If you have flammable patio furniture or planters on your deck, reduce the number from several to a few. Firewood or stored wood should be transported in Zone 2.
Replacing wooden fences, gates, and arbors with non-flammable alternatives will also help protect your home, as will removing hedges and tall trees near your home that can direct the fire right outside your front door.
Boats and RVs should also be removed from Zone 1.
Q. Which plants are good for growing in this area and which should we avoid?
A. All plants burn when a fire is hot enough, but there are plants that ignite more slowly.
The “do not grow” list includes pine, juniper, palm that is not regularly cleaned of dry fronds, hemlock, California Bay, cypress, eucalyptus, manzanita, coyote brush, pampas grass, tan oak, black sage and rosemary.
Recommended plants include aloe, bush anemone, California poppy, California red bud, common lippia, coreopsis, coton, creeping thyme, fuchsia, lamb’s ear, lantana, lavender, lilac, monkey flower, and ornamental strawberry.
Approved trees are ash, beech, citrus, elm, ironwood, maple and oak.
Other recommended plants are rhododendron, rockrose, sage, common garlic, yarrow, yellow ice plant and yerba buena.
Look for plants that are usually high in moisture, have larger leaves, and grow deeper into the soil. Their leaves and stems contain less sap and resin, which makes them burn more slowly. Deciduous trees, which lose their leaves every fall, are generally more fire resistant than evergreen trees.
Zone 2 considerations
For Zone 2, keep your lawn and annual grasses a maximum of 4 inches tall, and create horizontal and vertical space between shrubs and trees to reduce the chance of fire spreading from one to the other.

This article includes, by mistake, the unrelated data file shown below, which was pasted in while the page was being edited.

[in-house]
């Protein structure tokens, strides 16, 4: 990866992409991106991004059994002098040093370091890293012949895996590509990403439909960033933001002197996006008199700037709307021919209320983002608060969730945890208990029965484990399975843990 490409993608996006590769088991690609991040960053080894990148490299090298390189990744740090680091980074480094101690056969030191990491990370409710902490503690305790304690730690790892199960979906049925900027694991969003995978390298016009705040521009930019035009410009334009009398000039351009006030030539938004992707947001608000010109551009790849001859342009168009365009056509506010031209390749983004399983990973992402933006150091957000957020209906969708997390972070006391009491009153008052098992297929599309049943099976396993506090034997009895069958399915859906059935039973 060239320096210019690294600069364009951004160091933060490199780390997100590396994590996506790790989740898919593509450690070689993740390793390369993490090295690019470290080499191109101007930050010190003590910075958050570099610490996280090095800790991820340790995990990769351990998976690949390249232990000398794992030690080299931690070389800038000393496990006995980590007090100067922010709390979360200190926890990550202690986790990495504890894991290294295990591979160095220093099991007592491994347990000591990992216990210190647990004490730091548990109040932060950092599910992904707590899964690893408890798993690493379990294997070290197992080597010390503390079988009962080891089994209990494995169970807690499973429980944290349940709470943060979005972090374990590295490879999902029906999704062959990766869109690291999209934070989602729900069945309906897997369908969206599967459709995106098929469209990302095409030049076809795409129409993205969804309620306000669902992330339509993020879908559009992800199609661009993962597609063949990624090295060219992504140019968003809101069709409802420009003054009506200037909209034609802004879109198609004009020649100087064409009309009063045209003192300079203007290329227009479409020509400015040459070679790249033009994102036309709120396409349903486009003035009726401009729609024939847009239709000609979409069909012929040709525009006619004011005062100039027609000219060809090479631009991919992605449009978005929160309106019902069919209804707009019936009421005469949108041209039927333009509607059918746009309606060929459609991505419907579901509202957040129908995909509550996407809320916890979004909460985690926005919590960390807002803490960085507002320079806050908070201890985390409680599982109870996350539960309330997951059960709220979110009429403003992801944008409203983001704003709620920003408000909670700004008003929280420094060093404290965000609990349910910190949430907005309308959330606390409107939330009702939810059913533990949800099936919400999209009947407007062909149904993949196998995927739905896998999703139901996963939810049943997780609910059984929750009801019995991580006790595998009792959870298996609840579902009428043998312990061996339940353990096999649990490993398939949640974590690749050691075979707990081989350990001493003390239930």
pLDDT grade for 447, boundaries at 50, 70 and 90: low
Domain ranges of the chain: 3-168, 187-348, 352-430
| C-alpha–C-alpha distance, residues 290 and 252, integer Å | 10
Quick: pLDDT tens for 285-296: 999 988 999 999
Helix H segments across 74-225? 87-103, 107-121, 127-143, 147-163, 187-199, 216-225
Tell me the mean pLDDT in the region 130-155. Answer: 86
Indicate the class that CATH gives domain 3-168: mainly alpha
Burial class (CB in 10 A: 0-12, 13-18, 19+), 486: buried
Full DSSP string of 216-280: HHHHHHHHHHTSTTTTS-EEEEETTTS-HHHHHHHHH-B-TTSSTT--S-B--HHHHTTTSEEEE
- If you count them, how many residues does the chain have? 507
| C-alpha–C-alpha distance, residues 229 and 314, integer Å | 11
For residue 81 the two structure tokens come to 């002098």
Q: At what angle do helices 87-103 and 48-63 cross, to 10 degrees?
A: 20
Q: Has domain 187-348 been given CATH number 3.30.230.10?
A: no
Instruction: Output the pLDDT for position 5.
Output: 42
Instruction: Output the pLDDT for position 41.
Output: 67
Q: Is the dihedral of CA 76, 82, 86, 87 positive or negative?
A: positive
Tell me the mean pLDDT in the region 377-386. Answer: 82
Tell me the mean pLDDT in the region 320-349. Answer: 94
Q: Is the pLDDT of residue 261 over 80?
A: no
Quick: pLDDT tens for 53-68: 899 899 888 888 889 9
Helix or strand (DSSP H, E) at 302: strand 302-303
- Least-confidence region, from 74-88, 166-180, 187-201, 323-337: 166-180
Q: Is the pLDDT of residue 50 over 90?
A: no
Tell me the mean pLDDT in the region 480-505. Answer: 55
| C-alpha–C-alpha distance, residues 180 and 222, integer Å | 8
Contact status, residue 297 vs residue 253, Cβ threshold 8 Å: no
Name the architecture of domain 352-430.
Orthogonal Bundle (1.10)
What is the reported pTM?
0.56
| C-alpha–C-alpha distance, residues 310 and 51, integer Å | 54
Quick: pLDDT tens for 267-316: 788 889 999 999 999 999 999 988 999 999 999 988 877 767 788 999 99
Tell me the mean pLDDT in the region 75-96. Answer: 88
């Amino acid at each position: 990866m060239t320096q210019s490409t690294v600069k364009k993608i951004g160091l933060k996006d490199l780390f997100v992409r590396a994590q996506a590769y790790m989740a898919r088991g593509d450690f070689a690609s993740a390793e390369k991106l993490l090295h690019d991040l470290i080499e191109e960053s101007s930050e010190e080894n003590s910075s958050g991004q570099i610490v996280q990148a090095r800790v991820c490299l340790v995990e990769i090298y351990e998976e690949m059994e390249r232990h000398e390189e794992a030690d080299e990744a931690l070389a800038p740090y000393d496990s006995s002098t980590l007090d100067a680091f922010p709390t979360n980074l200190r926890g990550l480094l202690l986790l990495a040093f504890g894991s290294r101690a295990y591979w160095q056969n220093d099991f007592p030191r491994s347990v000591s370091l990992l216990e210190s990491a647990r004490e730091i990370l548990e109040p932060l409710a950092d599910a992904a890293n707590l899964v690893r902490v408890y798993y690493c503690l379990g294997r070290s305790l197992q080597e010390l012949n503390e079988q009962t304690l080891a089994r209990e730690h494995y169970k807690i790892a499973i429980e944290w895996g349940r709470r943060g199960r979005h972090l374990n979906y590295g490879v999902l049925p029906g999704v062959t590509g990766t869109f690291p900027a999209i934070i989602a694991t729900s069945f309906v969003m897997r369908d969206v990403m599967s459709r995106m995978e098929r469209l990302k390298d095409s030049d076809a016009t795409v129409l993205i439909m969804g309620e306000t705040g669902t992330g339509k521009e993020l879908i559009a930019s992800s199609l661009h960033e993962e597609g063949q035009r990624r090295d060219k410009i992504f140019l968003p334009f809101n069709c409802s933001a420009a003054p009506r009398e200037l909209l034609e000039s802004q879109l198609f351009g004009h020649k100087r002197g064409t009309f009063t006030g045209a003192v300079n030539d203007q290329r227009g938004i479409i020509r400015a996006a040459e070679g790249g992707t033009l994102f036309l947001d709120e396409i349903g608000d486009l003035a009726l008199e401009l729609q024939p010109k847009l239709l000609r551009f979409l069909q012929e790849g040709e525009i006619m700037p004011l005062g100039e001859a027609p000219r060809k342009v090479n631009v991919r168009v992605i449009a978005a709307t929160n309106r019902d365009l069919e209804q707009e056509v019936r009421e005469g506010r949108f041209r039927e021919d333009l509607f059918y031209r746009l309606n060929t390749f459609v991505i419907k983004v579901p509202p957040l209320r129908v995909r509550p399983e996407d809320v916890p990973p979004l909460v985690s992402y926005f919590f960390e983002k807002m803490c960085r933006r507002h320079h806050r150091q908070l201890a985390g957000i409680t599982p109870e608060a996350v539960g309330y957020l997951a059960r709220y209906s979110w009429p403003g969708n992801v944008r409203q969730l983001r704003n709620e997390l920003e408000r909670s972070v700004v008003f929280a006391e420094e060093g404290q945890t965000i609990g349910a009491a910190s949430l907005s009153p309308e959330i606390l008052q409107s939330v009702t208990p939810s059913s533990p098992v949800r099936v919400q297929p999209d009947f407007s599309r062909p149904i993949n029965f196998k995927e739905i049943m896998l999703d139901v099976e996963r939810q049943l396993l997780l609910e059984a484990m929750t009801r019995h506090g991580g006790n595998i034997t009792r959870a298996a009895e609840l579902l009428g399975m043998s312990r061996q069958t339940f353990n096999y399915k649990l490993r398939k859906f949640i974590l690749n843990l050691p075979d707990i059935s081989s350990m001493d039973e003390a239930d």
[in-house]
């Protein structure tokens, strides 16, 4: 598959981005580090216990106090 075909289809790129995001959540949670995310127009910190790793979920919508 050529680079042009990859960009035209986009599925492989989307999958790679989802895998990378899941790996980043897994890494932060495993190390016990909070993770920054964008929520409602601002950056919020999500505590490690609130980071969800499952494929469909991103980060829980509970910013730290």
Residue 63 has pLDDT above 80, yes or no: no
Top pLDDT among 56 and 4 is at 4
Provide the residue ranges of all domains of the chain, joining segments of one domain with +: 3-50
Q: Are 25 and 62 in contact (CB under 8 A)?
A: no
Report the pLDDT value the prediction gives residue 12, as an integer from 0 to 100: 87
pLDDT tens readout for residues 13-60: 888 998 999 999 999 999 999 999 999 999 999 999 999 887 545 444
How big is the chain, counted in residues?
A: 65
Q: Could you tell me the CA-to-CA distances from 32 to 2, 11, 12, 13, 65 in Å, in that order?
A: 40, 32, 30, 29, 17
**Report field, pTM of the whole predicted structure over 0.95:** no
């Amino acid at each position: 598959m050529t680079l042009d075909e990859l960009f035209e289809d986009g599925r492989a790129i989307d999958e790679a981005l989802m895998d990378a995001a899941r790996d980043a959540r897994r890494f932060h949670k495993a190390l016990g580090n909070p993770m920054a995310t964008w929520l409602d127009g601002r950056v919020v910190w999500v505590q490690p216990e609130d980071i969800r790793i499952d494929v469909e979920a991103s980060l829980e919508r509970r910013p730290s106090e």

Exposed wooden posts must have a minimum distance of 3 m in all directions, ie up to the bare ground.
Q. Isn’t it good for oaks and other trees to leave the fallen leaves underneath?
A. Yes, this is the recommended practice for oak and some other trees, but in our dry climates, leaf litter can be extremely flammable. You can leave some of this – up to 3 inches deep – in Zone 2, but not in Zones 0 and 1.
Just as important as what you plant is how you plant it. To prevent forest fires from spreading, plant in small groups instead of large ones, leaving free spaces between them.
Fire moves uphill faster than flat surfaces, so it is important to keep tree heights down by pruning or planting smaller species of trees in this area.
Maintaining your garden, pruning dead wood, pulling weeds and tidying up the plants are also important factors in protecting against forest fires.
Q. Where can I get more information about fire safety and emergency preparedness?
A. Your Fire Prevention District can help, and Oakland Community Preparedness and Response has more than a dozen emergency preparedness guides, hardscaping tips, and plant guides at www.oaklandcpandr.org/guides.
To see if you live in a high risk forest fire area, check out the maps at the State Fire Marshal’s California office, osfm.fire.ca.gov.